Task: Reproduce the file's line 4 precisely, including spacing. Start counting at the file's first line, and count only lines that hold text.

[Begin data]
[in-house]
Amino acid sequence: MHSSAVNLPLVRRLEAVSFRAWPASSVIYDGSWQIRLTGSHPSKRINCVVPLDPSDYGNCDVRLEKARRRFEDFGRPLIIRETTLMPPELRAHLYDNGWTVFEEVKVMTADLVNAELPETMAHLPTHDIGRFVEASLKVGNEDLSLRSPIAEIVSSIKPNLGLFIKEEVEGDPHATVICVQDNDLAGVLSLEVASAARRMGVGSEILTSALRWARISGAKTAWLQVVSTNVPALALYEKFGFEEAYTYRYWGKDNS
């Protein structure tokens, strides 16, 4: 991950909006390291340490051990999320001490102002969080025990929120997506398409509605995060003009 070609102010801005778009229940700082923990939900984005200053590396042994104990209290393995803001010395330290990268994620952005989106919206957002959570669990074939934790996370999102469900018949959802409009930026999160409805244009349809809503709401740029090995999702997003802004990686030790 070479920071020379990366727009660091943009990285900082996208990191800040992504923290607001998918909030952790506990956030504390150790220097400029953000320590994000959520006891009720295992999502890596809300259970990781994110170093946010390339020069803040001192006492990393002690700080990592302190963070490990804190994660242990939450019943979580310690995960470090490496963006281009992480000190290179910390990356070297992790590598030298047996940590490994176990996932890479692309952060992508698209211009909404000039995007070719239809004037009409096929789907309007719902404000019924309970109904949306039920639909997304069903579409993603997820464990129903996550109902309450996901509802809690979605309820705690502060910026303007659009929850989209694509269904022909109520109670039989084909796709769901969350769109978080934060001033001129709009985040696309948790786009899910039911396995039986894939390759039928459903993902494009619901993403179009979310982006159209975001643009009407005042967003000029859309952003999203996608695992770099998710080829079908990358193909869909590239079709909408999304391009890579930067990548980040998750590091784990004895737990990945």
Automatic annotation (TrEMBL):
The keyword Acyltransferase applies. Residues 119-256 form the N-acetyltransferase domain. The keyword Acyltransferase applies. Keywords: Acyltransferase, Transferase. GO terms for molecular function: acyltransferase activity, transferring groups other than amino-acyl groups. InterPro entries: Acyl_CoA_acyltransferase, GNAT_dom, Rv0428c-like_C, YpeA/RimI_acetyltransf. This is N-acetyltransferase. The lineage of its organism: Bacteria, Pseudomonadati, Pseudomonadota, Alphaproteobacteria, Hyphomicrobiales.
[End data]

Automatic annotation (TrEMBL):